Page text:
2412 CONCENTRATION OF ECONOMIC POWER 

It was found that most of the propaganda carried on by the holding-company 
groups or local operating companies was in harmony with and in pursuance of, 
the plans made and carried on by the various associations and committees of the 
electric and gas industries. Some groups had quite complete intrasystem propa- 
ganda organizations, similar in general character and functioning to the associa- 
tions of the industries. The associations furnished material either vehmtarily 
or upon solicitation of the companies, and the latter usually distributed same 
locally. This scheme, whereby the associations produced the propaganda and 
the groups or individual companies distributed it, was very effective and in 
general use throughout the United States. 

Schedules and exhibits were included in the report which showed the amounts 
expended by the various companies for advertising; their contributions to other 
trade associations; fees, retainers and other payments to attorneys, to educa- 
tional institutions and to professors and teachers, and contributions to the Na- 
tional Committees of the two major parties which were made by persons con- 
nected with these companies. 

Holding and Operating Companies of Electric and Gas Utilities. — On January 
28, 1935, the Commission submitted to the Senate chapters XII and XIII of a 
summary report with recommendations, on Holding and Operating Companies of 
Electric and Gas Utilities, consisting of 218 printed pages. This report was 
published as Senate . Document No. 92 (pt. 73-A; 70th Cong., 1st sess.). A 
copy of same is attached hereto as Exhibit F. T. C. 205-C. This report, together 
with parts 69-A and 81-B, covered a survey of State laws and regulations, cer- 
tain pertinent legal studies, the present extent of Federal regulation and the need 
of Federal legislation, together with conclusions and recommendations. 

The exhaustive study made by the Commission established that no substantial 
progress was being made by the States generally toward effective regulation of 
holding companies. In a few States efforts were made, but generally the situation 
remained as it was 25 years earlier. The power of the States in regulating holding 
companies was handicapped by nonresidence, the interstate character of their 
business, and other causes. Then, too, certain of the States granted roving 
charters with practically unlimited power, thereby leaving the States in general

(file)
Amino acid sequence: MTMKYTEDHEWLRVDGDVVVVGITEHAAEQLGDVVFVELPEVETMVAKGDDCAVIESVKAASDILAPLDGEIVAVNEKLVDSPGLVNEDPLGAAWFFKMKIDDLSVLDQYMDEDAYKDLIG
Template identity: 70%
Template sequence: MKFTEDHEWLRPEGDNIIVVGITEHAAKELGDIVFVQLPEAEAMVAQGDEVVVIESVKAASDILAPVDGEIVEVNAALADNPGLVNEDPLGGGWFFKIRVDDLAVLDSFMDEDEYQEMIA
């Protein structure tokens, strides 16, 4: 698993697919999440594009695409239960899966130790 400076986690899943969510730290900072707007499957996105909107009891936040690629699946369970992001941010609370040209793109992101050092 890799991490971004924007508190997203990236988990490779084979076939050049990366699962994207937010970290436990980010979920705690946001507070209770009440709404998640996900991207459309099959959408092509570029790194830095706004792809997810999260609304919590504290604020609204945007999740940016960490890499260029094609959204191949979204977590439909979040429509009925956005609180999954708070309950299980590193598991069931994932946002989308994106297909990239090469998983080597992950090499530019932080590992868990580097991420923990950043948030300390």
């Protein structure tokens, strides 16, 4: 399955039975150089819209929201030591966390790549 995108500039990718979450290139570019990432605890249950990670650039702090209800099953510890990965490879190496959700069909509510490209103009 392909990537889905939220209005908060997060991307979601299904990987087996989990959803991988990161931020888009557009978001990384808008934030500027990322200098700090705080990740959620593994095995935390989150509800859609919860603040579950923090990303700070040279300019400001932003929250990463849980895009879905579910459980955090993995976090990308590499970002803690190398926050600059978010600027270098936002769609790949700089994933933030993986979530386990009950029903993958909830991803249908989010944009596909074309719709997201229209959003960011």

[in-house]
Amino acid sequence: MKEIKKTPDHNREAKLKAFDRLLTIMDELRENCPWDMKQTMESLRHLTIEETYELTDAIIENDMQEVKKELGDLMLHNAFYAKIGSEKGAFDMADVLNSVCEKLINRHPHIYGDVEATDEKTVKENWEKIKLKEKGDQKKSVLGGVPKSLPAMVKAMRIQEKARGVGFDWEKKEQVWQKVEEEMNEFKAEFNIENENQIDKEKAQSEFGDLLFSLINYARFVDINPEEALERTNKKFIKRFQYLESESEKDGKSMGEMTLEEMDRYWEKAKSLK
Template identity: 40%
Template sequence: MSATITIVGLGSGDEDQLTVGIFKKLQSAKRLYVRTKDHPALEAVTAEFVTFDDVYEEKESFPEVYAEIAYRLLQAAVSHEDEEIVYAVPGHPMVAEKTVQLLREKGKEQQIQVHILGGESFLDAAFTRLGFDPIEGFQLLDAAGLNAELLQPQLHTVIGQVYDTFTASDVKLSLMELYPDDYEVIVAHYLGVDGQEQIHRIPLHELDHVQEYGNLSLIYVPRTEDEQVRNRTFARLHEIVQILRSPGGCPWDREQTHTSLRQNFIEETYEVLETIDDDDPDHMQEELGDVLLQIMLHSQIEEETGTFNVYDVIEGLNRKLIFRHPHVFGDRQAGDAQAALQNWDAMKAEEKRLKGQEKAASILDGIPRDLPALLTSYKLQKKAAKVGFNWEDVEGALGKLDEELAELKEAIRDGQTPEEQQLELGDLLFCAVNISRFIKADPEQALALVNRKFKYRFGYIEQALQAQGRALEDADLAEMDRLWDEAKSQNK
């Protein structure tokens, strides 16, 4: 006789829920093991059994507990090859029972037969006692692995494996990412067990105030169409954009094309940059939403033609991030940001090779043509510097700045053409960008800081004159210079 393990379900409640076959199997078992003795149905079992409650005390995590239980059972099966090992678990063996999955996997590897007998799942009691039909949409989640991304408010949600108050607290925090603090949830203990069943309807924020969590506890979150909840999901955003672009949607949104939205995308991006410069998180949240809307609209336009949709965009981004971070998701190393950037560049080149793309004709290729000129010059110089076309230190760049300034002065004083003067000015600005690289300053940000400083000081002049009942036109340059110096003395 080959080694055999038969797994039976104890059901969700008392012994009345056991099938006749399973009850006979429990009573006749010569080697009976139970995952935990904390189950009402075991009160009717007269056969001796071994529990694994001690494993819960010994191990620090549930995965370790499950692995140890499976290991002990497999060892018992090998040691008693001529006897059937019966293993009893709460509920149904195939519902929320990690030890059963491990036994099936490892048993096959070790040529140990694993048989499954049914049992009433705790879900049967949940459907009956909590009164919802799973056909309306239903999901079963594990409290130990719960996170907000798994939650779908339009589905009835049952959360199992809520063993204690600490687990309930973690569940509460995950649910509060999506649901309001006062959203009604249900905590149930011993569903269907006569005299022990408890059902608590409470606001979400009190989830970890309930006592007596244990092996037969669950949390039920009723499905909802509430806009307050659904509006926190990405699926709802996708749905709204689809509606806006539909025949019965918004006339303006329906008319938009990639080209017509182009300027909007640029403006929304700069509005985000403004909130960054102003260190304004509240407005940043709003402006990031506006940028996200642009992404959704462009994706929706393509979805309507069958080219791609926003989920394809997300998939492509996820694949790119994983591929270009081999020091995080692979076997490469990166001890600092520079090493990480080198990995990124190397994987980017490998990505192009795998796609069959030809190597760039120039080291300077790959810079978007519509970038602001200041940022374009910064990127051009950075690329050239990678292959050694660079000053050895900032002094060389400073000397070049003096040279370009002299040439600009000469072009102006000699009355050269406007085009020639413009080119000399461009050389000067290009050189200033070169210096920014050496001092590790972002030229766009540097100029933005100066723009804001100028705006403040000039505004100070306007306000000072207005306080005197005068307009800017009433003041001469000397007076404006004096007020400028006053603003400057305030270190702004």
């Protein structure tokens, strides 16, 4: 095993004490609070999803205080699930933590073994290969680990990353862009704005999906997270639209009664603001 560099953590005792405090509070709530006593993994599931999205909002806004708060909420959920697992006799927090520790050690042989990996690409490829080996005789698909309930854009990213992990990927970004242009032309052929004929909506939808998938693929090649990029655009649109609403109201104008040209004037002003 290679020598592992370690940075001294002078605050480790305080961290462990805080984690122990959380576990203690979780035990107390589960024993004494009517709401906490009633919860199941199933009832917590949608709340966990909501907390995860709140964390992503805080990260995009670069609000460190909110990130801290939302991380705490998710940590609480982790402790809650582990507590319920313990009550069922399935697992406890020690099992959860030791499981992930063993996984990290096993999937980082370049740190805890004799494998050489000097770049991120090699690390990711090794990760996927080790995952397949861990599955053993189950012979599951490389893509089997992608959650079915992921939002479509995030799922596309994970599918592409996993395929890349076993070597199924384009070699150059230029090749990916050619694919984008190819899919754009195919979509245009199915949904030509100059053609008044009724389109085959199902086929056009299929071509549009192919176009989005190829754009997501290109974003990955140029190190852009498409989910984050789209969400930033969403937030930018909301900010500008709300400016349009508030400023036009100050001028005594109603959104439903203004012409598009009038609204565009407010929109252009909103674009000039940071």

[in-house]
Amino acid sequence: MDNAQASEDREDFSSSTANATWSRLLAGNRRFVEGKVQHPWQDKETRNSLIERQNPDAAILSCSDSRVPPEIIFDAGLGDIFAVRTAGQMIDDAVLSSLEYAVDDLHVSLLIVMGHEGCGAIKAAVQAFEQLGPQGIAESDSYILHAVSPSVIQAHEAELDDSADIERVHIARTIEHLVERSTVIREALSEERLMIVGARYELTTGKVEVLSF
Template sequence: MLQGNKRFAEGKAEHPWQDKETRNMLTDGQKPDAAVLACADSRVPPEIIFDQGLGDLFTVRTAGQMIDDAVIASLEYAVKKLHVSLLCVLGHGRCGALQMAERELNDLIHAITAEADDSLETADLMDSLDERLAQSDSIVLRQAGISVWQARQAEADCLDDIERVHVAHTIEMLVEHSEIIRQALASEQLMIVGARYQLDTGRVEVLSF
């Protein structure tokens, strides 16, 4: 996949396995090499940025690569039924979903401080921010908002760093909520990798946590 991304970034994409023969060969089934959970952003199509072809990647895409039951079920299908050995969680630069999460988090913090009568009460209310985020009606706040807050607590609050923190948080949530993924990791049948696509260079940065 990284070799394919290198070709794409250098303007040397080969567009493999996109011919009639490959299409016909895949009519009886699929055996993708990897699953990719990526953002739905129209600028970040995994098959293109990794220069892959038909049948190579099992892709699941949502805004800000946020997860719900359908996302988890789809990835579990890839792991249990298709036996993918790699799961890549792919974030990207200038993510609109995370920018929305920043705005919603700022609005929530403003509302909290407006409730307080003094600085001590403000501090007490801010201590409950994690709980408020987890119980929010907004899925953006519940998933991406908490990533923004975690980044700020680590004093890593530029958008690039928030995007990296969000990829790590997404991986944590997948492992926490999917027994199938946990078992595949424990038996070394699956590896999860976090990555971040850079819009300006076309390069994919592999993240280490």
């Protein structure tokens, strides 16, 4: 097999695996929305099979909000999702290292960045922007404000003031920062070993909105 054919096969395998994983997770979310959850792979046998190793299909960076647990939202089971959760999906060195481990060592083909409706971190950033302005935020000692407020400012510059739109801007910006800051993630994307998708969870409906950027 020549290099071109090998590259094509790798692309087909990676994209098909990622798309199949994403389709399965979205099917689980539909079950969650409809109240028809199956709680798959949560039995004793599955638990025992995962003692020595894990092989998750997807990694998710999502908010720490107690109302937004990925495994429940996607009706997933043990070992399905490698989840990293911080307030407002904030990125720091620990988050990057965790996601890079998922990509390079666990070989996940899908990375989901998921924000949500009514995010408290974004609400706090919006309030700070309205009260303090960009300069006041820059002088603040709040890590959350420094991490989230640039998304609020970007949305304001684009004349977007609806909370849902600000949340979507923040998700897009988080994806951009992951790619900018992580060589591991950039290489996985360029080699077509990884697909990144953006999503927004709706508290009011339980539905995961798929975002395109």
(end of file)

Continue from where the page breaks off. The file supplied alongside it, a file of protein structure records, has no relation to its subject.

quite helpless. 

The holding company, as such, performs no producing function. In the utility 
field it has not, therefore, been subject to regulation as such. Charters were 
granted to operating utilities to perform general public-utility service, but as a 
result of holding-company control and management, many operating companies 
contracted away the real performance of their principal charter functions to 
the holding company or to other companies designated by it, thus ousting practi- 
cally all State jurisdiction over business. The opinion was expressed that appro- 
priate Federal legislation would remedy this situation. The Commission further 
stated that there appeared to be three methods which seemed to commend 
themselves for the exercise of Federal jurisdiction, namely, (1) the taxation method 
(2) direct statutory inhibitions, and (3) a compulsory Federal licensing act, 
coupled with a permissive Federal incorporation act. These methods are ex- 
plained in detail at pages 67 to 75, inclusive, of part 73-A. 

On June 17, 1935, the Commission submitted to the Senate chapters I to XI 
(preceding 73-A already referred to), and being a review of the record with regard 
to the economic, financial, and corporate phases of holding and operating com- 
panies of electric and gas utilities. This report, which is devoted to the electric 
u1 lity group and some manufactured gas utility groups, consisted of 882 printed 
p^ges and was published as Senate Document No. 92 (pt. 72-A; 70th Cong. 1st 
sess.). A cop^v of same is attached hereto as Exhibit F. T. C. 205-D. 

During the expansion period of electric-utility service, beginning about 1905-10 
and especially in the period after the World War up to 1930, when war-profit money 
was seeking an outlet, and utilities seemed to offer an especially inviting and 
lucrative field, with their mere sporadic and ineffective State regulation, the 
public-utility holding company became an active and dominant influence in 
development, although there continued to be numbers of small inde- 
pendent companies. The functions, variously and in varying degrees, performed 
many holding comp u ies, which were asserted as 
advantages for this type of structure were: Obtaining funds from investors which 
probably could not be obtained by small independent companies; supplying the 
iges of large-scale production, skilled management, and expert engineering; 
tiding and improving service with attendant inert-uses in consumption 



CONCENTRATION OF ECONOMIC POWER 2413 

and decreases in production costs, which made lower rates possible, although ac- 
companying unsound financial practices often constituted aids to maintaining 
rather than reducing rates. Even when some or all the economies claimed were 
in fact brought about, no substantial rate reductions to the public occurred. The 
usual result was a- siphoning off of the earnings so resulting into the holding- 
company coffers. 

Among the evils of the holding-company management were: Pyramiding, 
attended with the issuance of highly speculative securities, enabling a few men